Discovery Prepares to Touch Down in Florida
The space shuttle Discovery is scheduled to end its 13 days in orbit this morning with the first shuttle landing at the Kennedy Space Center since 2002.
Discovery’s six astronauts are to touch down at 6:14 a.m. PDT to complete a supply flight to the International Space Station that included a critical repair to the outpost and delivery of a new crew member.
The biggest weather concern was a chance of showers near Cape Canaveral. “I think we have a pretty good shot,” said Steve Stich, the flight director who will oversee Discovery’s return.
The crew prepared for landing Sunday after checking out the shuttle’s flight control systems, including an auxiliary power unit leaking either flammable hydrazine fuel or harmless nitrogen gas. Engineers suspect the leak is nitrogen.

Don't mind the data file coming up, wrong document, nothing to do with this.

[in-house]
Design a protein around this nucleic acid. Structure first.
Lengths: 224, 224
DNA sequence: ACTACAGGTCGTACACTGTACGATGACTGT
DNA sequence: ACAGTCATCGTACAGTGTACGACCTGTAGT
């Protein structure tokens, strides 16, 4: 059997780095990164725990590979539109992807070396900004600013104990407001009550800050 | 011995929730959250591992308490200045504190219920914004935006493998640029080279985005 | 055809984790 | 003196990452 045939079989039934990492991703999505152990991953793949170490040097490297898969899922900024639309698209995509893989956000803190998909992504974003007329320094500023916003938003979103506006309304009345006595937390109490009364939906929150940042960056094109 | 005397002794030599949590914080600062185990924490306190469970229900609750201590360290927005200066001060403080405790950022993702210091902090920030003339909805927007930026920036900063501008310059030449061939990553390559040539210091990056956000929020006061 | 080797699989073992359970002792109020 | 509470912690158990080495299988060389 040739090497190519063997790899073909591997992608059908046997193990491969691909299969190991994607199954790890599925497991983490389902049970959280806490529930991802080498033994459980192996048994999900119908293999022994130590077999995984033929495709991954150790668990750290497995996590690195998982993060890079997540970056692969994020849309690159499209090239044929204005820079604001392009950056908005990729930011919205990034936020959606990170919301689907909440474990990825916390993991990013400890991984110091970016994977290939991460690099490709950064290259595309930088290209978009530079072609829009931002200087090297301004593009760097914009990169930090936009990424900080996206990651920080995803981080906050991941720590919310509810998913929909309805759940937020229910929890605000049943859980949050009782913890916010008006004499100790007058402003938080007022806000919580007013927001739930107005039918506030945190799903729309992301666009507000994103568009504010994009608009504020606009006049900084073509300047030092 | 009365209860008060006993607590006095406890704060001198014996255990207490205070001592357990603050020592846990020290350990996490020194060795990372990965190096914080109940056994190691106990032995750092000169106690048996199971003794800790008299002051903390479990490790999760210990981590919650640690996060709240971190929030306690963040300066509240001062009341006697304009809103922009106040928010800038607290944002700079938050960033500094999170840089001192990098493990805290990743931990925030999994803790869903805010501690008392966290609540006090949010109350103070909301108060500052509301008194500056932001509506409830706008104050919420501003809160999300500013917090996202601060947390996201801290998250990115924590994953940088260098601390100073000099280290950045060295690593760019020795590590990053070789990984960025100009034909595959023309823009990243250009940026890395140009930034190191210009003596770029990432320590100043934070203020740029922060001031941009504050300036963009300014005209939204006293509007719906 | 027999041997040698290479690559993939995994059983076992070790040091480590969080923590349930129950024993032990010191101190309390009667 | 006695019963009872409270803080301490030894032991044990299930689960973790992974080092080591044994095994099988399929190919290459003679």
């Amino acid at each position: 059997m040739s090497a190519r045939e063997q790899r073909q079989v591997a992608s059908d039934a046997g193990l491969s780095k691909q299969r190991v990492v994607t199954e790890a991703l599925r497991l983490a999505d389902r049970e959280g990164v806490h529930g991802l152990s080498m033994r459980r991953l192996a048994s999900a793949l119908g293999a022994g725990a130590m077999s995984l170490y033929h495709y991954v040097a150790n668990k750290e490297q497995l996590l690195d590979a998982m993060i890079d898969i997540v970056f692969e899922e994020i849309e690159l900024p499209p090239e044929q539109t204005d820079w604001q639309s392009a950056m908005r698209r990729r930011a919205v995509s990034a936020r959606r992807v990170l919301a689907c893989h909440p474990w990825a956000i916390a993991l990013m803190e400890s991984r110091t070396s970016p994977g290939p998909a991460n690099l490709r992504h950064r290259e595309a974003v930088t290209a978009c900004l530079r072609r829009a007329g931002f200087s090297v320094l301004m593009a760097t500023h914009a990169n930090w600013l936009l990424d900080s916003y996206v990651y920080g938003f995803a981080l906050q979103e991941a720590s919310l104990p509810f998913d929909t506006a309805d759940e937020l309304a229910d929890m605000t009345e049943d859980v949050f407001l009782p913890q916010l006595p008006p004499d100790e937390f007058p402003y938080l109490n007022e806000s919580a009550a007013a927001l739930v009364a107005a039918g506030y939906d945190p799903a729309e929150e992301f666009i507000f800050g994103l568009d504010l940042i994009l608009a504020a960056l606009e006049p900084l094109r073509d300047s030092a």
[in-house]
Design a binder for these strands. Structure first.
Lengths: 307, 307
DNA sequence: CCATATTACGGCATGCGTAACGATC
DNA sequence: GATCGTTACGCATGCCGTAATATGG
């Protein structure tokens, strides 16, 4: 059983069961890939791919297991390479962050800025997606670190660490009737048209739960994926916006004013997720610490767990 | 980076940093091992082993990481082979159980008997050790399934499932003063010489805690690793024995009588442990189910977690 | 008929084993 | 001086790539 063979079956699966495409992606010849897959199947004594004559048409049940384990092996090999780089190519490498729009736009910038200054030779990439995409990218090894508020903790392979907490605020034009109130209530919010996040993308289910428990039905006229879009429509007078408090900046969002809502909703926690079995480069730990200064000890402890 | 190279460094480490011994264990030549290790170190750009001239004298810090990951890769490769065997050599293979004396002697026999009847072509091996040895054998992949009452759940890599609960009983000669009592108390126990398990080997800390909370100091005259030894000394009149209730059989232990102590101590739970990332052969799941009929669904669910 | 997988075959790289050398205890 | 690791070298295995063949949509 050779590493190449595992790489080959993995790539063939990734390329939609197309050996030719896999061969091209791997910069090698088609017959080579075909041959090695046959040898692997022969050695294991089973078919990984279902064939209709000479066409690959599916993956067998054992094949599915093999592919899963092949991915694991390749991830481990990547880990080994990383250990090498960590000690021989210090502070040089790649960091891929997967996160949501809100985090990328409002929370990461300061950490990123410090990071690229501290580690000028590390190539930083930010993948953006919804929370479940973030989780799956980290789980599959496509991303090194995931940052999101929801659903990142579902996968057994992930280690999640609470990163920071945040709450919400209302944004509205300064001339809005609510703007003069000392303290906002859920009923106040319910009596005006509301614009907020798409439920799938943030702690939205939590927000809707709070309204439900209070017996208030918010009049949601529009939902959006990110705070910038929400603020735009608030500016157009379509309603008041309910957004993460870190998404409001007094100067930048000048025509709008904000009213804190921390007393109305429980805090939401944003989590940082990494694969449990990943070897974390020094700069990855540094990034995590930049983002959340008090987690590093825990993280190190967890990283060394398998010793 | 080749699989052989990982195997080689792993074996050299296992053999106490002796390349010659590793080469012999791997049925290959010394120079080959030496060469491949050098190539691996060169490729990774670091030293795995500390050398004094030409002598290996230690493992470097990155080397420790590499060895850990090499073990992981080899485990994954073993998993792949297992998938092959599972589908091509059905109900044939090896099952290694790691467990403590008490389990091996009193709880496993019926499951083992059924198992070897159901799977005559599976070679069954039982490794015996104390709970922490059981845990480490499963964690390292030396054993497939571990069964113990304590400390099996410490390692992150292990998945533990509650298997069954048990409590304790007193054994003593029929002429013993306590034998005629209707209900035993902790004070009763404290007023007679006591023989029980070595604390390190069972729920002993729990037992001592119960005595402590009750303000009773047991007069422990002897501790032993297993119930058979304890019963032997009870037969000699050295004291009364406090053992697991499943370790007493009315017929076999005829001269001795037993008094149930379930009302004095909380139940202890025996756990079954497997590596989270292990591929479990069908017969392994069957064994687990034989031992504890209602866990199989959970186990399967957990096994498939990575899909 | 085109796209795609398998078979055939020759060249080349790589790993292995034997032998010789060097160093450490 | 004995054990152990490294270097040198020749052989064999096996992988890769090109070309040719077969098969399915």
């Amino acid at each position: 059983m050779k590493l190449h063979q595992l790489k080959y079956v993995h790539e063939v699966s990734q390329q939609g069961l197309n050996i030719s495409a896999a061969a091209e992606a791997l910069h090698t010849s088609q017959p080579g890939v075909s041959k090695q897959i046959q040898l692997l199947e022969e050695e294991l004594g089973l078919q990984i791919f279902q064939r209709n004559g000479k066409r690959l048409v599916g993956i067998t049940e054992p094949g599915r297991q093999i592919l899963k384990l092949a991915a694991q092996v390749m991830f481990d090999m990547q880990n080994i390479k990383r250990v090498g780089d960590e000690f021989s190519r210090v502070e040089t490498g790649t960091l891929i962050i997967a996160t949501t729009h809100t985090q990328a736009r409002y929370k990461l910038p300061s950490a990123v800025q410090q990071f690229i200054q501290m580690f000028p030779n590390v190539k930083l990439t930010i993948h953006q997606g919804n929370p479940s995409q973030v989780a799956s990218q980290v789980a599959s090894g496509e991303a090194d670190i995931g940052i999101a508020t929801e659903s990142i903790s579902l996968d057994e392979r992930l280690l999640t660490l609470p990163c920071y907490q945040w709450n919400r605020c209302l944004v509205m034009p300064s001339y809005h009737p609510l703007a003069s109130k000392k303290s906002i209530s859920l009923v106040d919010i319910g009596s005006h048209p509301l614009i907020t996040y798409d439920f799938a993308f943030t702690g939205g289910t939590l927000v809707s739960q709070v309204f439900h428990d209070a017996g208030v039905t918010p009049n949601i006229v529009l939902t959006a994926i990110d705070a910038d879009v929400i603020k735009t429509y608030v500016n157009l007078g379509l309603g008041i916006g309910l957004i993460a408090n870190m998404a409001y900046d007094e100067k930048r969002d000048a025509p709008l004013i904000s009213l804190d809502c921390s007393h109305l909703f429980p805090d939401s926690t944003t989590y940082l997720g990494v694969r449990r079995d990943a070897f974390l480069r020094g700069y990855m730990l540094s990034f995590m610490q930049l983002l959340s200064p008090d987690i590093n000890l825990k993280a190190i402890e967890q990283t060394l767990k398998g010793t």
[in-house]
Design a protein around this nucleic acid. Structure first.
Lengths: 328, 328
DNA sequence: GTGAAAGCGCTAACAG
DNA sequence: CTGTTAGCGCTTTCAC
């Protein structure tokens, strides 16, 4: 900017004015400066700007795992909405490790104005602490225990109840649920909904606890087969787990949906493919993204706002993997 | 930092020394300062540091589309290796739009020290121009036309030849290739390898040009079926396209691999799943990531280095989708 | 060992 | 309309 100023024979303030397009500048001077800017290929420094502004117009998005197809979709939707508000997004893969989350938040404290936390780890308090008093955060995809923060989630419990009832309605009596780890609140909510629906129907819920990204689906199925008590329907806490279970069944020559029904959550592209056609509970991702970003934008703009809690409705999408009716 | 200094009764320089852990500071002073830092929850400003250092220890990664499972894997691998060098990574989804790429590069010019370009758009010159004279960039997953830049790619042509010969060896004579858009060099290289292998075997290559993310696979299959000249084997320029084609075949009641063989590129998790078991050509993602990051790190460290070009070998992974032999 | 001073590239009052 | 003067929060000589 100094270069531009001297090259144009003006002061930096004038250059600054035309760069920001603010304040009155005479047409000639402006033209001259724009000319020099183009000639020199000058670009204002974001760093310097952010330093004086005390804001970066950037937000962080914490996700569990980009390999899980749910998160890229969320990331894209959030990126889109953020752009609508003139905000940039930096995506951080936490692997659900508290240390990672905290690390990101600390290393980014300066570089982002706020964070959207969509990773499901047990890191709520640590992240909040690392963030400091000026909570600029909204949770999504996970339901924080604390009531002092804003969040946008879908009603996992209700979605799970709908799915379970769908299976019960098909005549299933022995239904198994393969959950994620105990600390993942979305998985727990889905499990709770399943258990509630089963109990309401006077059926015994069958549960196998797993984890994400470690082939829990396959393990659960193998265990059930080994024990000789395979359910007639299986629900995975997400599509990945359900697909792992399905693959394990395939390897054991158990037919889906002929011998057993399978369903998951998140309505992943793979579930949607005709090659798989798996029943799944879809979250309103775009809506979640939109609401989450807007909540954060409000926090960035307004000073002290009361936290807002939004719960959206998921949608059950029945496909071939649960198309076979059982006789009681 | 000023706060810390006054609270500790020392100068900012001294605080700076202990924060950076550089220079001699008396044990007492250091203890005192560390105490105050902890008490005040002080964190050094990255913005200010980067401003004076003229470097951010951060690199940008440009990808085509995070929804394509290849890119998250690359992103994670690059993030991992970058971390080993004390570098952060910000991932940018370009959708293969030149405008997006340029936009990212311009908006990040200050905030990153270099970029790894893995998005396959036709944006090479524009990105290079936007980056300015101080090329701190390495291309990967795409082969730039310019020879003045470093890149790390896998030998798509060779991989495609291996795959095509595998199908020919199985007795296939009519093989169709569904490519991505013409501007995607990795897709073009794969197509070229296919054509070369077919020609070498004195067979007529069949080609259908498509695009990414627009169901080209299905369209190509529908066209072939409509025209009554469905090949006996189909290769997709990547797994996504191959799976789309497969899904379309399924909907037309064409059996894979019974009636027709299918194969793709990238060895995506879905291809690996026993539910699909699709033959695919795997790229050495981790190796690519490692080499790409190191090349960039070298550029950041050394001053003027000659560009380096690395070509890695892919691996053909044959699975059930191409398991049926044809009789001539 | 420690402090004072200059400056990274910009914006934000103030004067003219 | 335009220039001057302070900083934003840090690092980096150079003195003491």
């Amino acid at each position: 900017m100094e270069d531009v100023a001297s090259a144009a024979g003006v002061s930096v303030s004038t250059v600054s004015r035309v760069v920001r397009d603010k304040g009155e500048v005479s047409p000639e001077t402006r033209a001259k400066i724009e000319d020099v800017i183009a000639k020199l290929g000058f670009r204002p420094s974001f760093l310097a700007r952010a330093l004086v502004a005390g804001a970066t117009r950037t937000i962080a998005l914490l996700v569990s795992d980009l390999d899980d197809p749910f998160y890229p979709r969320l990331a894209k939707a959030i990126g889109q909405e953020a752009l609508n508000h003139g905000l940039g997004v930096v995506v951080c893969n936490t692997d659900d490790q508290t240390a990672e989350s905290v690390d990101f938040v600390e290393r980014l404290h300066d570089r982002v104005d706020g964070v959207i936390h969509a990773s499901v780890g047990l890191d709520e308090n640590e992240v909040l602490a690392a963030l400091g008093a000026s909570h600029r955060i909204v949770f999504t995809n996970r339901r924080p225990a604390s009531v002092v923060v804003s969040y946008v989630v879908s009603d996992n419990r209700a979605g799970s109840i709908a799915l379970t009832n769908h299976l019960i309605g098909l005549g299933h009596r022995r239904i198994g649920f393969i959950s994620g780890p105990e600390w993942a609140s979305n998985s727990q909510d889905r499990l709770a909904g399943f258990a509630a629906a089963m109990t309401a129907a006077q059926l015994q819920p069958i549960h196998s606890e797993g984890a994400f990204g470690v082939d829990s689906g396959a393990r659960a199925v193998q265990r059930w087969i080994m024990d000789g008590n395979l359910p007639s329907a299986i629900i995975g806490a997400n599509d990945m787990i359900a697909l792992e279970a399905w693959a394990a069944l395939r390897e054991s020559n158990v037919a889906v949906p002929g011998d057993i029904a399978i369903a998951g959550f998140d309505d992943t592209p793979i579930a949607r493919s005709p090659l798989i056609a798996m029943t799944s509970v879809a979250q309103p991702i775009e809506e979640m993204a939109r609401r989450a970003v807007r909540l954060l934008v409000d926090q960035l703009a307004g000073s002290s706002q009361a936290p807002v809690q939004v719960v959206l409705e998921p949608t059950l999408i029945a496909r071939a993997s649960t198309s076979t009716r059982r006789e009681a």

The unit is one of three that powers the orbiter’s hydraulics system and operates the body flaps, steering and brakes during landing.
“We don’t expect any problems for landing,” Discovery pilot Mark Kelly said.
The shuttle has another Florida landing opportunity one orbit later, at 7:50 a.m. PDT. It will stay in space for an additional day if weather thwarts both landings. Backup runways at Edwards Air Force Base in the Mojave Desert and White Sands Missile Range in New Mexico would be activated Tuesday.